Henry V

Everyman Theatre, Cheltenham

Dugald Bruce-Lockhart (Henry V) Credit: Manuel Harlan

After wowing critics and audiences alike with last year’s double bill of Richard II and The Comedy of Errors, it was inevitable, perhaps, that this year’s—odd—coupling of Henry V and The Winter’s Tale was going to fall somewhat short.

Henry V is a cold fish and the play an unhappy and leaden mix of both ‘jaw jaw’ and ‘war war’, while the explanation of ‘Salic Law’ early on is enough to make a bishop kick a stained glass window in, as Raymond Chandler had it.

The cast do their damnedest to invest proceedings with pep, leavening things with their usual mixture of music and song—"London Calling", by The Clash, "A Pair of Brown Eyes" by The Pogues—but, despite this, the staging is hamstrung by the inevitable difficulty of depicting battle scenes—which is why the play has succeeded best on screen—and by Dugald Bruce-Lockhart’s Henry V.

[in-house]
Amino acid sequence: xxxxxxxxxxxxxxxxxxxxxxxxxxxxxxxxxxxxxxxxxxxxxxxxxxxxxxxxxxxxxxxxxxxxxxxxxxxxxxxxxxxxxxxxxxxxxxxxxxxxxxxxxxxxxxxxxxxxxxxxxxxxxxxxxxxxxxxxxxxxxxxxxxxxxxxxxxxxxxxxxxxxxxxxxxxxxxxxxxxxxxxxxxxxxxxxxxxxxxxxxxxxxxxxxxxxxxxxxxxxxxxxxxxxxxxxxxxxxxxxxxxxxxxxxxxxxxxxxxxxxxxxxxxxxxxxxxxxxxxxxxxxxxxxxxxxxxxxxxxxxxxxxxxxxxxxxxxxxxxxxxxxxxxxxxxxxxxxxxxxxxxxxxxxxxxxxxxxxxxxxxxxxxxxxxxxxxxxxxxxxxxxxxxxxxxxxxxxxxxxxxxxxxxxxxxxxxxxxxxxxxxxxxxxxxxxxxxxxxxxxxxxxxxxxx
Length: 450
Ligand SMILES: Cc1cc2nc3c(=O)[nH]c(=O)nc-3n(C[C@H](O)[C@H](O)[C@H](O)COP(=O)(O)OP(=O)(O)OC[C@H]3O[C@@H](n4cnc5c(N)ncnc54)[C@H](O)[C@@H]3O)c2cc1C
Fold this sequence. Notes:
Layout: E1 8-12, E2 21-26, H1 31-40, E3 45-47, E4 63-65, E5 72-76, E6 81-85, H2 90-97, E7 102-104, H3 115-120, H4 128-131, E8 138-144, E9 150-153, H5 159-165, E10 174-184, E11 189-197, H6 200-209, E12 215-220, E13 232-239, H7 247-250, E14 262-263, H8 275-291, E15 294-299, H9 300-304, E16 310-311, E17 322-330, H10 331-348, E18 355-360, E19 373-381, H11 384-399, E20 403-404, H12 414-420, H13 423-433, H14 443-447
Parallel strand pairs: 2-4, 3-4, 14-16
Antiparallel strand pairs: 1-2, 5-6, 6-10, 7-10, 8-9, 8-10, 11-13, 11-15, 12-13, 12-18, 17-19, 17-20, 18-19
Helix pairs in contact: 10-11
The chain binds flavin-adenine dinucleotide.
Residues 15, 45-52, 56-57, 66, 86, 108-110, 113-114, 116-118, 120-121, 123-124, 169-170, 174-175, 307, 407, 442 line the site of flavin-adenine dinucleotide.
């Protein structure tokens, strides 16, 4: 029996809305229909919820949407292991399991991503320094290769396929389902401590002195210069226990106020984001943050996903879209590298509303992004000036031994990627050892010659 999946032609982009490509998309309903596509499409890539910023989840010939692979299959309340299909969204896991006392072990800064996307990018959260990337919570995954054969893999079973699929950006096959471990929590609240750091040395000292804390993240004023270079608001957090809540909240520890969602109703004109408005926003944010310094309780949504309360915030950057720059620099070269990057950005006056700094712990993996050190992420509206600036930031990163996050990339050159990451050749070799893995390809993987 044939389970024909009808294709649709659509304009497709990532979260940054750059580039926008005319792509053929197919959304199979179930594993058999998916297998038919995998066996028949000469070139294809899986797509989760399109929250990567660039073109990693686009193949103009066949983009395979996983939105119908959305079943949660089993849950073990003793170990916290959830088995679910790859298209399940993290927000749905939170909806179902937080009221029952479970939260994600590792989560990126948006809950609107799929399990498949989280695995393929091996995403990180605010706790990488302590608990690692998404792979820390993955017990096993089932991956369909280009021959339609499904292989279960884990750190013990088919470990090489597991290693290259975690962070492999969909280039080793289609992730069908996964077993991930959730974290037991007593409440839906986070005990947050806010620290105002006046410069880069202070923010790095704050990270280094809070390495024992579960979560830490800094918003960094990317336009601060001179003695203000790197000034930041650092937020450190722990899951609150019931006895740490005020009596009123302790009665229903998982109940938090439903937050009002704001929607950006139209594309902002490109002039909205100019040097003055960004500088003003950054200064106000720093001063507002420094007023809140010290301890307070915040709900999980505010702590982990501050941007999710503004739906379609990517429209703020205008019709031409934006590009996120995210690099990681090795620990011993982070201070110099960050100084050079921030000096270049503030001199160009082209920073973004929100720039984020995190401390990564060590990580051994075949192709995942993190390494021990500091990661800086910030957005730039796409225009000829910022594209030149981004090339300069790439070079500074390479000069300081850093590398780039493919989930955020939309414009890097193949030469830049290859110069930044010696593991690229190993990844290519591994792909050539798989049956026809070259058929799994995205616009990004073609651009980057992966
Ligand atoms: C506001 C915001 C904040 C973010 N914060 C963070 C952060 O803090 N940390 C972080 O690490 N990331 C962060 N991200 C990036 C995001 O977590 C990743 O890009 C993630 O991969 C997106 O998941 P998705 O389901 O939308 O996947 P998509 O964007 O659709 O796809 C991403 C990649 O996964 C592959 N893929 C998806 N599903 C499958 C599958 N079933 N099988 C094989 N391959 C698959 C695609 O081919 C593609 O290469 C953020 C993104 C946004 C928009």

His voice simply lacks the power and projection to make the big speeches work. And, given the choice between having Henry’s happy few run across the stage and yell, in order to create the impression of conflict, and run across the stage with flags and yell—the RSC default choice of recent years—director Edward Hall opts for the former. It unfortunately brings to mind ‘the Battley Townswomen’s Guild’s re-enactment of the Battle of Pearl Harbour’.

In rating the production a disappointment then one has to qualify this—as Sir Thomas Beecham said when faced with the task of Bruckner’s Seventh Symphony, “What can you do with it? It’s like a lot of yaks jumping about.”

Reviewer: Pete Wood

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